Matthew, Henry Colin Gray, Brian Harrison, and Lawrence Goldman, editors. Oxford Dictionary of National Biography. http://www.oxforddnb.com/, http://www.oxforddnb.com/.
Standard Name: Molière
Used Form: Moliere
|Connections Sort descending||Author name||Excerpt|
Beginning around 1904, EN attended a series of boarding schools, including the expensive and exclusive St James's School near West Malvern in Worcestershire, the Catholic Convent at Teignmouth, and Miss Rosina Filippi 's...
It was said that she read Molière at twelve, and that she disguised herself as a boy in order to study at Cambridge University .
All this, however, belongs to a dubious area of fictionalisation...
|Education||Mary Cowden Clarke||
Some years after her brother Alfred's time at Boulogne in France, she followed him in staying in the same family, that of Monsieur Bonnefoy , who ran a school in his house. Lessons, theatre...
Her successive years with different guardians account for the apparent inconsistency in her comments about her education. In maturity she named her favourite youthful reading as Shakespeare , Molière , and Sterne .
|Family and Intimate relationships||Teresia Constantia Phillips||
TCP 's second serious lover was the impecunious second son of knighted landscape gardener Sir John Southcote . The son was a Catholic, a womaniser, and an early user of patent-leather shoes. TCP does not...
|Intertextuality and Influence||Lucas Malet||
But the context is still the fashionable jungle. Mr Perry can conceive of no higher glory than wealth and social success, and is ruthless in pursuit of these for his daughter and thus himself. Fat...
|Intertextuality and Influence||Anna Atkins||
She gives her chapters epigraphs, many of them eighteenth-century: the Memoirs of Cardinal de Retz, quoted in French on the title-page and to open volume three; Molière and Pope 's Rape of the Lock...
|Intertextuality and Influence||Aphra Behn||
This satirizes as Sir Patient Fancy a strongly Whiggish London alderman, Sir Patience Ward . It borrows a good deal from Molière : chiefly, and with acknowledgement, from Le malade imaginaire, but also from...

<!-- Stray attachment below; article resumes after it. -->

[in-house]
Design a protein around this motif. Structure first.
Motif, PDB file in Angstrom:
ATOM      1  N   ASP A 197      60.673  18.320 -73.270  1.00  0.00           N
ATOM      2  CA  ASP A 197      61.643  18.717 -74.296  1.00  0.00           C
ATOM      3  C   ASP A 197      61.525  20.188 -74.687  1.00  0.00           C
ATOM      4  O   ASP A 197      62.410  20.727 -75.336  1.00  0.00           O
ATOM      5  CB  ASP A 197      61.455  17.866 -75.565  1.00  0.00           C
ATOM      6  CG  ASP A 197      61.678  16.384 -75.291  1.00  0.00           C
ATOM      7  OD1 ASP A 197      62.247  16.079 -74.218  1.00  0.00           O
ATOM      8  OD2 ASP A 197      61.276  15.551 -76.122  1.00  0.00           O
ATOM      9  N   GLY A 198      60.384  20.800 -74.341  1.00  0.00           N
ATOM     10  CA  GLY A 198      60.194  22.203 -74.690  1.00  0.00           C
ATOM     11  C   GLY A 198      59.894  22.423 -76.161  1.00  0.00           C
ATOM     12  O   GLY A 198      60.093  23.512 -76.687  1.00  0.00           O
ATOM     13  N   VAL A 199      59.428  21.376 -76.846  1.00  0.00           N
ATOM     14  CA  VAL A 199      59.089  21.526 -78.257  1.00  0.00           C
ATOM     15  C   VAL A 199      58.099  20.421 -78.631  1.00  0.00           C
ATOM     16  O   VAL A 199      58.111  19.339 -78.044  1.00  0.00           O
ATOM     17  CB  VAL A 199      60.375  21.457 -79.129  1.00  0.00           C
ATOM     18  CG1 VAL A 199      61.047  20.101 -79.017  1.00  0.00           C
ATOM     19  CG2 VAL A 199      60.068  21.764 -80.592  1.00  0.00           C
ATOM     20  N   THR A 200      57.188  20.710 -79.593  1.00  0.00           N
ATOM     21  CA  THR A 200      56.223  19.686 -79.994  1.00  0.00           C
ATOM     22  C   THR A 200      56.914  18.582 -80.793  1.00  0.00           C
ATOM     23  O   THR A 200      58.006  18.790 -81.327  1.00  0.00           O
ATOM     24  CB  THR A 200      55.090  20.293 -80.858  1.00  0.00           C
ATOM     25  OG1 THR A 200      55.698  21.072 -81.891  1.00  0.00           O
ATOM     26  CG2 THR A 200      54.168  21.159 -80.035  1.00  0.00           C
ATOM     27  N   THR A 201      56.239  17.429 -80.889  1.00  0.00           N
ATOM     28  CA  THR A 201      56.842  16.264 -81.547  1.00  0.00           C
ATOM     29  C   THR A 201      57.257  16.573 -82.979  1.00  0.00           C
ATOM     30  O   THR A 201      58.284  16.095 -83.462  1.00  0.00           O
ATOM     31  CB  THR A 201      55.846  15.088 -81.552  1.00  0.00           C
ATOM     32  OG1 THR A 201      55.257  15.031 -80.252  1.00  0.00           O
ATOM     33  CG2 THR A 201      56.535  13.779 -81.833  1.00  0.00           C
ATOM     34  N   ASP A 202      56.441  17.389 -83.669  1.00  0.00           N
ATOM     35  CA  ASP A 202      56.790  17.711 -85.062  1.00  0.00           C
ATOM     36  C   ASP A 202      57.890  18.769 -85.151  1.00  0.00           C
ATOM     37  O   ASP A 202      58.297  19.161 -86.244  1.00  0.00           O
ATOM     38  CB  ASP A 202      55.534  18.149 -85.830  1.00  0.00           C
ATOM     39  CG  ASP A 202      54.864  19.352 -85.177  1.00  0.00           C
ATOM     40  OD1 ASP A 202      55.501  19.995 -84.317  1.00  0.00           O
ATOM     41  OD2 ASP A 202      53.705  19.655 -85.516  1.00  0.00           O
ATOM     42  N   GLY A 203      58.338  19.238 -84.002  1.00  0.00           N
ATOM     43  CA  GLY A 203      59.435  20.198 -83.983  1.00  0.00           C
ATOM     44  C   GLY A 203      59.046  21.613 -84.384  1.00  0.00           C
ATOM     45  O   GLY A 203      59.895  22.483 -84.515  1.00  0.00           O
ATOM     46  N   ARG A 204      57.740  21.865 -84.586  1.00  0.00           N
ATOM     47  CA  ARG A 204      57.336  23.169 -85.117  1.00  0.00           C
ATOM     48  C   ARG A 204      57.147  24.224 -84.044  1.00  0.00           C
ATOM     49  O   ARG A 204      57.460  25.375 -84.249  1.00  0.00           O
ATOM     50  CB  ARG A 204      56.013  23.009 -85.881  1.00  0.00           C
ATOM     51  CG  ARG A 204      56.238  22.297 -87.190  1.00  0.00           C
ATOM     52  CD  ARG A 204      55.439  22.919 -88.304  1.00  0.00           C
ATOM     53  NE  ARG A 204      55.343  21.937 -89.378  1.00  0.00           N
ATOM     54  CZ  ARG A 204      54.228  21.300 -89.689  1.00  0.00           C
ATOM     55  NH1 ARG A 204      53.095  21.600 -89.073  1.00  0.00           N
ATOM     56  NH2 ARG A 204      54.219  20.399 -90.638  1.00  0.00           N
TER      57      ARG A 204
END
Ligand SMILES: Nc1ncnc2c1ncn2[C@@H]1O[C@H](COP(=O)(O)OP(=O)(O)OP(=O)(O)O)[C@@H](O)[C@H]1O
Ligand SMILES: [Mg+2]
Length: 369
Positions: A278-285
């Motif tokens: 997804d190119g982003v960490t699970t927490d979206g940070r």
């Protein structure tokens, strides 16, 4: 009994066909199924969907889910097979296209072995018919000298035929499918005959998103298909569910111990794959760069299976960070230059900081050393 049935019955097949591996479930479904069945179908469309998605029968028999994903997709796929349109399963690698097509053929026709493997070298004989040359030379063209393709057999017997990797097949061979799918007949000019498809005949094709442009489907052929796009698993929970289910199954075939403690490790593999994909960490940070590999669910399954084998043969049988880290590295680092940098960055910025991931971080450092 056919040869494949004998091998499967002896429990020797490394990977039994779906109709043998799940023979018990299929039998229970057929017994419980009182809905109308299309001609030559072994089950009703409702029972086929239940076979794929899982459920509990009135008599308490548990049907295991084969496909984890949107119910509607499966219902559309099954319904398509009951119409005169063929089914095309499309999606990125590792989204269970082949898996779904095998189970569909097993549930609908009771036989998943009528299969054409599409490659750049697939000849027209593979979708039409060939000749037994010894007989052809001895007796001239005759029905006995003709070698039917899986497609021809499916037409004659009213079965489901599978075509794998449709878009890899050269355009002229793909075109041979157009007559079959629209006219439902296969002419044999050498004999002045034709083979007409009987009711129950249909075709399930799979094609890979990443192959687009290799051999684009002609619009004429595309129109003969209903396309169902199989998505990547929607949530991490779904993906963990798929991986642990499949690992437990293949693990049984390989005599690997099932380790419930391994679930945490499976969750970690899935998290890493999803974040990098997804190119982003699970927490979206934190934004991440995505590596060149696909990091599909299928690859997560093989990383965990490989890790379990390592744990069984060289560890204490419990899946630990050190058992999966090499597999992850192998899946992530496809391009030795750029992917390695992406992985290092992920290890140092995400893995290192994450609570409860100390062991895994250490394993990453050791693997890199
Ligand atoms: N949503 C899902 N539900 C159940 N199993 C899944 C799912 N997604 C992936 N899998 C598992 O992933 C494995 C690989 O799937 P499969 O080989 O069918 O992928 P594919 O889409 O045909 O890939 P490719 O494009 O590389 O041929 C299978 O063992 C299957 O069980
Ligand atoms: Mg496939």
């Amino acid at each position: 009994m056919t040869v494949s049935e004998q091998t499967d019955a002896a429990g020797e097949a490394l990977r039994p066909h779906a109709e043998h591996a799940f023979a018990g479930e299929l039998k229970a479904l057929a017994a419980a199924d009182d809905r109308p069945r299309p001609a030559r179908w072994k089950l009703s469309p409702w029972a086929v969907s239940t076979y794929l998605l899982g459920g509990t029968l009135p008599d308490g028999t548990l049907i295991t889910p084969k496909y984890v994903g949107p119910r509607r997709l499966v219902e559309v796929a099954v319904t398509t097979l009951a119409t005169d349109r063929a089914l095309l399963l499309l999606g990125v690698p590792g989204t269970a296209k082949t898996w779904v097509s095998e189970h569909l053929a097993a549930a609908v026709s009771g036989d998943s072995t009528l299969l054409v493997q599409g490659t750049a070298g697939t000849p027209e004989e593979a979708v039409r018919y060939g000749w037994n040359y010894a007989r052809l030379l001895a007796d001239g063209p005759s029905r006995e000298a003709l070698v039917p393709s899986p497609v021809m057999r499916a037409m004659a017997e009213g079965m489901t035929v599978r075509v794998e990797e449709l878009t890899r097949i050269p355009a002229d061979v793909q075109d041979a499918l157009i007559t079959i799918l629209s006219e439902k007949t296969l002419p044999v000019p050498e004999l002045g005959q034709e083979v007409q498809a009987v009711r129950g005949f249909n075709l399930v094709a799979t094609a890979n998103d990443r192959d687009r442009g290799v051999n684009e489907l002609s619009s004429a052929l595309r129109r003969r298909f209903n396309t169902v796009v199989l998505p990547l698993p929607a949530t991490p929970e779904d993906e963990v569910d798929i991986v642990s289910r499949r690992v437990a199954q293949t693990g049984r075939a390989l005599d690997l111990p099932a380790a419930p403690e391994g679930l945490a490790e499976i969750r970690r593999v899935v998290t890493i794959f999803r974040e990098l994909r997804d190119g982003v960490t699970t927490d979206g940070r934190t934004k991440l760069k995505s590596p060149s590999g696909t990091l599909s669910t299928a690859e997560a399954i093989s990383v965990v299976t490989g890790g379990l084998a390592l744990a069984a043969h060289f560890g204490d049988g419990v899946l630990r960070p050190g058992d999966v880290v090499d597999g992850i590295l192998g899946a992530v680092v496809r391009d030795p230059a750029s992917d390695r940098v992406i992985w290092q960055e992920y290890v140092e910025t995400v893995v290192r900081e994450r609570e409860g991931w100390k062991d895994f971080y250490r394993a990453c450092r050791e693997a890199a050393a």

|Intertextuality and Influence||Sarah Murray||
Frances Milton never blames her father for his unkindness; she still owes him total gratitude and devotion, which she seems to regard as on a par with our debt of love and gratitude to God...
|Intertextuality and Influence||Mrs F. C. Patrick||
The narrative is at first somewhat flat-footed in its insistence that this is not a novel, but it acquires further flavour whenever the old gentleman telling it becomes self-referential. His daughter, he says, acts the...
|Intertextuality and Influence||Elizabeth Gaskell||
This story is a comic reworking of various fairy tales including Dick Whittington, Jack the Giant Killer, and Bluebeard. The last of these is suggested by the bereaved wife's lament (with reference...
|Intertextuality and Influence||Anne-Thérèse de Lambert||
The Author's Preface to Réflexions begins disarmingly with the writer following her rambling thoughts, but shifts to a muted challenge when she declares herself offended to see Men so blind to their own interest, as...
|Intertextuality and Influence||Lady Mary Walker||
Lady Frances, newly rich, sees herself as holding her fortune in trust for her young nephew and for society as a whole: She considered society is manifestly maintained by a circulation of kindness.
Walker, Lady Mary. Munster Village. Robson, Walter, and Robinson, 1778.
|Literary responses||Mercy Otis Warren||
Her biographer, Katharine Anthony , finds her plays influenced by the classic models of Molière and Shakespeare ; astonishingly confident, if sometimes crass, in their satirical realism; and written with feeling as well as thought.
Anthony, Katharine Susan. First Lady of the Revolution: The Life of Mercy Otis Warren. Kennikat Press, 1972.
|Performance of text||Susanna Centlivre||
SC 's Molière adaptation Love's Contrivance; or, Le Medecin Malgre Luy opened anonymously at Drury Lane .
The London Stage 1660-1800. Southern Illinois University Press, 1960–1968.
Bowyer, John Wilson. The Celebrated Mrs Centlivre. Duke University Press, 1952.
18 November 1659
Molière 's comedyLes Précieuses ridicules, a satire on learned women, was first staged in Paris. It was published in 1660.
23 November 1670
Molière 's classic comedy about the nouveau riche, Le Bourgeois Gentilhomme, had its premiere in Paris.
Molière 's comedyLes Femmes savantes, first staged the previous year, was published.
11 December 1676
William Wycherley 's last play, The Plain Dealer (a somewhat dark comedy), adapted from Molière 's Le Misanthrope, had its first appearance.
Molière,. Miseryguts; and, Tartuffe. Translator Lochhead, Liz, Nick Hern, 2002.
Molière,. Tartuffe. Translator Lochhead, Liz, Third Eye Centre; Polygon, 1985.